Reciprocating weight was definitely my interest on this engine. Since I was considering this for a track motor, I really had no interest in using the V07 crank unless I had some confidence that I could reduce the reciprocating assembly weight by a large margin. Of course I am assuming the weak-point are the rods at high RPM. I mean, I have not seen a stock forged L24 or L28 crank "break" yet (w/ stock internals), but that doesn't mean it cant/wont happen. Zero experience on the V07. I am just running under the impression that the forged crank is as solidly over-built as any other Nissan crank from that time. 


Some data:

- Conventional stroker build utilizing OEM components (weights from various forum posts): 

L24 rod: 711g

KA24E piston: 375g (no wrist pin)


- The Kameari parts I have:

His Drag I-beam rods: 490g

Forged racing pistons: 290g (no wrist pin)

4.5mm longer rod for increased rod ratio


According to Kame, she will rev to 8k no problem but I still don't think the head will flow enough air to make use of it. I'm just guessing I will be shifting somewhere around 7k, but we'll see what she does on the Dyno.


The head is with Mike Yoes at the moment. I think we talked about a .54 lift, 295deg @.05 duration. Most importantly, he is doing his magic on the porting and chamber work. That is not something I trusted the race shop with, since it is hyper specific to the L-series (where and what to remove). He also has my Jenvey manifolds to port-match. Header will be my Stahl unit with the 1-5/8 primaries. 


We will see how she runs! I'm not trying to get every ounce of HP out of it. In fact, the head will only be 11.5:1 for 100 octane. The goal was to have something that would last, and be reliable. I'm fine with having to replace rings, bearings, but the plan is to avoid a catastrophic failure that can otherwise be avoided.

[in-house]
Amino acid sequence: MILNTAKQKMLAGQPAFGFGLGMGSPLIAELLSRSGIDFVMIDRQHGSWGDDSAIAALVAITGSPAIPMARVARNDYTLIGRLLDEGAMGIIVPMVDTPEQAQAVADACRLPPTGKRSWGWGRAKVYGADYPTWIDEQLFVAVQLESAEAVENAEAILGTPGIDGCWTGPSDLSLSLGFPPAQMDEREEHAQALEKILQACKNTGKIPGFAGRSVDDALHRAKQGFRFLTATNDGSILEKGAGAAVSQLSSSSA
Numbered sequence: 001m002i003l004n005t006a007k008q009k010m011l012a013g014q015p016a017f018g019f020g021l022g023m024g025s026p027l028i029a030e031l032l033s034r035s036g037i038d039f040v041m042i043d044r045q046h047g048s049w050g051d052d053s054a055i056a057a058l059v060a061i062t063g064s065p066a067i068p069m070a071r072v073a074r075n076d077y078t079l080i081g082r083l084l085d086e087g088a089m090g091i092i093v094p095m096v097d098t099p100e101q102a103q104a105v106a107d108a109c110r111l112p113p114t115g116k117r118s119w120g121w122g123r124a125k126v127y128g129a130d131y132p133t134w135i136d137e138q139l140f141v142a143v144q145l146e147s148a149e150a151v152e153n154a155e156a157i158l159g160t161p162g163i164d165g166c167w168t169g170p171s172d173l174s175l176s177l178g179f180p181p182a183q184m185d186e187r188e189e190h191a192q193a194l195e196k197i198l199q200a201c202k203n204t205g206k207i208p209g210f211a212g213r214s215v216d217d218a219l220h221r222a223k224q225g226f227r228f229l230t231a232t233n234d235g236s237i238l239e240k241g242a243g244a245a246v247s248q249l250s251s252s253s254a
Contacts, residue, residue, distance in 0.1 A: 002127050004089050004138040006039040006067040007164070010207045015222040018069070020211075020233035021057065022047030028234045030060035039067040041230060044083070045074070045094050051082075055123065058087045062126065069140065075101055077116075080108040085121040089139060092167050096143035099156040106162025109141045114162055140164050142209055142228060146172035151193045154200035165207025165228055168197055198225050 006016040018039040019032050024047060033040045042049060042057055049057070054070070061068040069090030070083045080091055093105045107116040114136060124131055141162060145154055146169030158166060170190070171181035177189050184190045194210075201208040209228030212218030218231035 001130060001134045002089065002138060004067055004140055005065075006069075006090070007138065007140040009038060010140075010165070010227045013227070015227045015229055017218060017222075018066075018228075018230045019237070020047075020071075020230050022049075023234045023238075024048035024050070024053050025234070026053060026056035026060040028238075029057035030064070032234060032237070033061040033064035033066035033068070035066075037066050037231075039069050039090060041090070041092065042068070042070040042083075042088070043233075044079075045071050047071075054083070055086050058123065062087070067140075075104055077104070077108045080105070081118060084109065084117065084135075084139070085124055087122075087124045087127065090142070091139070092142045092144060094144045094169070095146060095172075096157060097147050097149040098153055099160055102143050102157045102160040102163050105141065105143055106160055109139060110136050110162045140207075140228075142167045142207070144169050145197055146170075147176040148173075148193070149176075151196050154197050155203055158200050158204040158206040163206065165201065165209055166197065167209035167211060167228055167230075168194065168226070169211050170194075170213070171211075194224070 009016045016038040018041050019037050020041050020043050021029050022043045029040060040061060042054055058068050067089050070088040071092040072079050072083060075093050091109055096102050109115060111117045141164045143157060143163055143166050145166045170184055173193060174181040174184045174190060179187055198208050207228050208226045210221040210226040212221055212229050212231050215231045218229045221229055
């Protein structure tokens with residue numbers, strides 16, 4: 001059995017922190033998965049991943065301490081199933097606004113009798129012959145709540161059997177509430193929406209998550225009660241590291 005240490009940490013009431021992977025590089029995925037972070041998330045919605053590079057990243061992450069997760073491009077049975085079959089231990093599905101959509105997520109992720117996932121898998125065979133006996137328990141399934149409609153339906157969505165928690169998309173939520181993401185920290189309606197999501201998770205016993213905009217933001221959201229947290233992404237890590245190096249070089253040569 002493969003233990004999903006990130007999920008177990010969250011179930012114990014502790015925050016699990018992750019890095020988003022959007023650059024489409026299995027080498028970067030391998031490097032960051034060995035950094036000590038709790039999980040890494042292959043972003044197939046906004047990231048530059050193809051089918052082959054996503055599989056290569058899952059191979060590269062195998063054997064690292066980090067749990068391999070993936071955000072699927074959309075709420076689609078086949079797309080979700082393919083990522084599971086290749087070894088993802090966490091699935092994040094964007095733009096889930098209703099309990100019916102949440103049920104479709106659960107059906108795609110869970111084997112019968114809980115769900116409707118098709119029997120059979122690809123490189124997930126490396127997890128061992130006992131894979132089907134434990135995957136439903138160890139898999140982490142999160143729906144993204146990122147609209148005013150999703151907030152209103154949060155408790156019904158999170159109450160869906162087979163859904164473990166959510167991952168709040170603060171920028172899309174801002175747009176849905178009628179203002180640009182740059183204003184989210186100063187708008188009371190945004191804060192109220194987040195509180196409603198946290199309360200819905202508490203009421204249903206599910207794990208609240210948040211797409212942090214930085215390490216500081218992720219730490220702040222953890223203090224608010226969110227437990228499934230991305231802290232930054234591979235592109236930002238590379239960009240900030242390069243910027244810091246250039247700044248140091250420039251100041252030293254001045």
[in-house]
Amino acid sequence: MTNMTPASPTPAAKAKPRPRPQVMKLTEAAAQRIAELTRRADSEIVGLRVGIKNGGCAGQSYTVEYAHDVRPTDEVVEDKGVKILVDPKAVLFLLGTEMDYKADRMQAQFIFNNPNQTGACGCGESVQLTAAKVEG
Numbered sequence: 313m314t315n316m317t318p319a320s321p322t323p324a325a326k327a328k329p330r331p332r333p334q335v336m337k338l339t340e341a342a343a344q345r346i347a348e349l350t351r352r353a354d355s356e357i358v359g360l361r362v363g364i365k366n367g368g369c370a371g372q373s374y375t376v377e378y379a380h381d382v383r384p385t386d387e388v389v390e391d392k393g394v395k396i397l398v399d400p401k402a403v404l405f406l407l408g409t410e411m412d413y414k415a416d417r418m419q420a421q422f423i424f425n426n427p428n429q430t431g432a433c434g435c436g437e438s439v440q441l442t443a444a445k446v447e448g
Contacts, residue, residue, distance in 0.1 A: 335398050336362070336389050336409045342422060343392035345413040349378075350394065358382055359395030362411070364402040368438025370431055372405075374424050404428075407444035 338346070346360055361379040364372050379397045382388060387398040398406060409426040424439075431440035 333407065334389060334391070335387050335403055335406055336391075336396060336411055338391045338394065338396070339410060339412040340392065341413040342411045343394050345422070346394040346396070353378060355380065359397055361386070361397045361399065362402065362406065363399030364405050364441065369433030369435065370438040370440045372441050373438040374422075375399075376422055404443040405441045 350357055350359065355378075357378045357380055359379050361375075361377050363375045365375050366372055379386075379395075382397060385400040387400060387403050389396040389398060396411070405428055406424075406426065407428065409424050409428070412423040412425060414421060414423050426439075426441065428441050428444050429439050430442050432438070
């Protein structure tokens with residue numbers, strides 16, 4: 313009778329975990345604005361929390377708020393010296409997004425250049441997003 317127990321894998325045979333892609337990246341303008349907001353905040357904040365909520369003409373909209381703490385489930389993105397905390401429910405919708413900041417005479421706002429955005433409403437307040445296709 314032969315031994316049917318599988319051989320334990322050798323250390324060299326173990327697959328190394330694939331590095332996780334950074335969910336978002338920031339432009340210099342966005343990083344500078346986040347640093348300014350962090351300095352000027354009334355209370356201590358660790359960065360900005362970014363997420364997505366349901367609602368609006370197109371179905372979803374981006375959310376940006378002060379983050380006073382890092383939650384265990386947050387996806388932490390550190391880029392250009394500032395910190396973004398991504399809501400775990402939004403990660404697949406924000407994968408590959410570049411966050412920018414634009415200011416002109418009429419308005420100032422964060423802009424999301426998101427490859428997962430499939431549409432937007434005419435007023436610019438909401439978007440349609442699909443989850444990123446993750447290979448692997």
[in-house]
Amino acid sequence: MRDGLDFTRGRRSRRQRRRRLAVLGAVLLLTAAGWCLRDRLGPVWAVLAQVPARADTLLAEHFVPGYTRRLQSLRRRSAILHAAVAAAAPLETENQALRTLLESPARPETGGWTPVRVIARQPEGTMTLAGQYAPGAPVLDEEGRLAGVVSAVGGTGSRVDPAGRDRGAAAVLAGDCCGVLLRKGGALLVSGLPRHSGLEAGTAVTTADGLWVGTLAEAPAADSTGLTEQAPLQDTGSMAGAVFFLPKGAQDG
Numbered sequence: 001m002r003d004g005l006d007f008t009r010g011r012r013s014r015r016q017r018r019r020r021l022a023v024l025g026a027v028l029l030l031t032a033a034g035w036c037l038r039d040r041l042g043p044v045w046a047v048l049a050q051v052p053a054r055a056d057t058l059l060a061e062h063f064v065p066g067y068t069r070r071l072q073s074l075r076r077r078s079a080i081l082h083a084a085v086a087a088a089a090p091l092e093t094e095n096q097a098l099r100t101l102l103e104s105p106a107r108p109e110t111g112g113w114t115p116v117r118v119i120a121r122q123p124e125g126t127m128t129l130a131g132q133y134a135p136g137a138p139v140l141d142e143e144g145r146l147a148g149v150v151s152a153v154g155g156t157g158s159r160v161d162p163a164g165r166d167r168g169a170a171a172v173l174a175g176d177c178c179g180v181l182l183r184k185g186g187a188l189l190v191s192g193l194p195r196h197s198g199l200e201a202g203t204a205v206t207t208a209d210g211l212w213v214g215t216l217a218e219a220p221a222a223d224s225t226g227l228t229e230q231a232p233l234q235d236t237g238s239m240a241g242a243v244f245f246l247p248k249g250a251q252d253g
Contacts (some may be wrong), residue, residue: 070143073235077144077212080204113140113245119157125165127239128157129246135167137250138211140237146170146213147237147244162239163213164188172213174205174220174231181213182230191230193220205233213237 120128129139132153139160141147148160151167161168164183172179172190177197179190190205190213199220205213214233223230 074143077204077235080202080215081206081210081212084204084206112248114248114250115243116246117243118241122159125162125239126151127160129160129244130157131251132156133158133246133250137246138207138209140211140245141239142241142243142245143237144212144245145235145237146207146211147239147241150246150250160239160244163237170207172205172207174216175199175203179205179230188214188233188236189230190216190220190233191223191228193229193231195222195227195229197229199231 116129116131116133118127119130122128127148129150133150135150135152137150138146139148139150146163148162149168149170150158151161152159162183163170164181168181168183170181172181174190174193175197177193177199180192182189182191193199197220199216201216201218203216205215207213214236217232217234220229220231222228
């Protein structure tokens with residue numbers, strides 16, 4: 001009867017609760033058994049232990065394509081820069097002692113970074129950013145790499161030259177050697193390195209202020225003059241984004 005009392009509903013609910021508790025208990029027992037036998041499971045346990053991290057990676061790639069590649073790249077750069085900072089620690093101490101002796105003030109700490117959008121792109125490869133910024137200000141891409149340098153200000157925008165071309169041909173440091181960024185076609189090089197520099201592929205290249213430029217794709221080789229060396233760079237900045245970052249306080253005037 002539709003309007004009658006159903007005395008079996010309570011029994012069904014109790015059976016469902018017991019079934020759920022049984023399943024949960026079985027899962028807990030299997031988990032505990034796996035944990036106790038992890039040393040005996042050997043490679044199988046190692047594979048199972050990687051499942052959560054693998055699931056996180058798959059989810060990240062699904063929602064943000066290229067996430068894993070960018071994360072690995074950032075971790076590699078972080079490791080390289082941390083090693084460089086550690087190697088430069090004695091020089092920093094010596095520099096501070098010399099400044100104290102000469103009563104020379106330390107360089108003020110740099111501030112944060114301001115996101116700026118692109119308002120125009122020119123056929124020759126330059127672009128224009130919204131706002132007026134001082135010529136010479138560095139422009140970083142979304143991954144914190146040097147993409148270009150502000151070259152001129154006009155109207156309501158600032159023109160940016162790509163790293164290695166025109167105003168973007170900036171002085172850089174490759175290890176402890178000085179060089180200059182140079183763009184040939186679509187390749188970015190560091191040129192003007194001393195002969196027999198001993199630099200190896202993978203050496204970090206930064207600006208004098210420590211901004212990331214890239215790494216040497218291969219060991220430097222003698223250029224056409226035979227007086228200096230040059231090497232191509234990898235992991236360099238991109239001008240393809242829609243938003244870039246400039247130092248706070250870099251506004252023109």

I will be surprised if she puts out 300hp, but who knows. 


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Oh it will be a powerful engine no doubt. And should be around 300+ no problem. Just something about tertiary harmonic vibration on the V07 crank that likes to eat bearings. Even with a good damper. If you can sent it to 8k regularly, let me know and I will copy your recipe! 

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  • 1 month later...

Hi all! 

Question for the group: Anyone have resources/pictures/ideas on modifying the OEM oil pan? My budget is currently going towards the things I don’t have the tools or skill to perform (engine internals, machining, etc.) but I think I can manage welding up an extension on the oil pan and considering some baffles. Already need to weld-on a bung for the oil temp sensor, so I thought why not have it a go. 


The “racing” oil pans seem to be in the $600-$800+ range, and I have no problem welding sheet metal. Does not seem sufficient enough weight savings to spend that much on an AL unit. 

I already have a 3qt accusump, so I’m more concerned with addressing G’s than adding much capacity.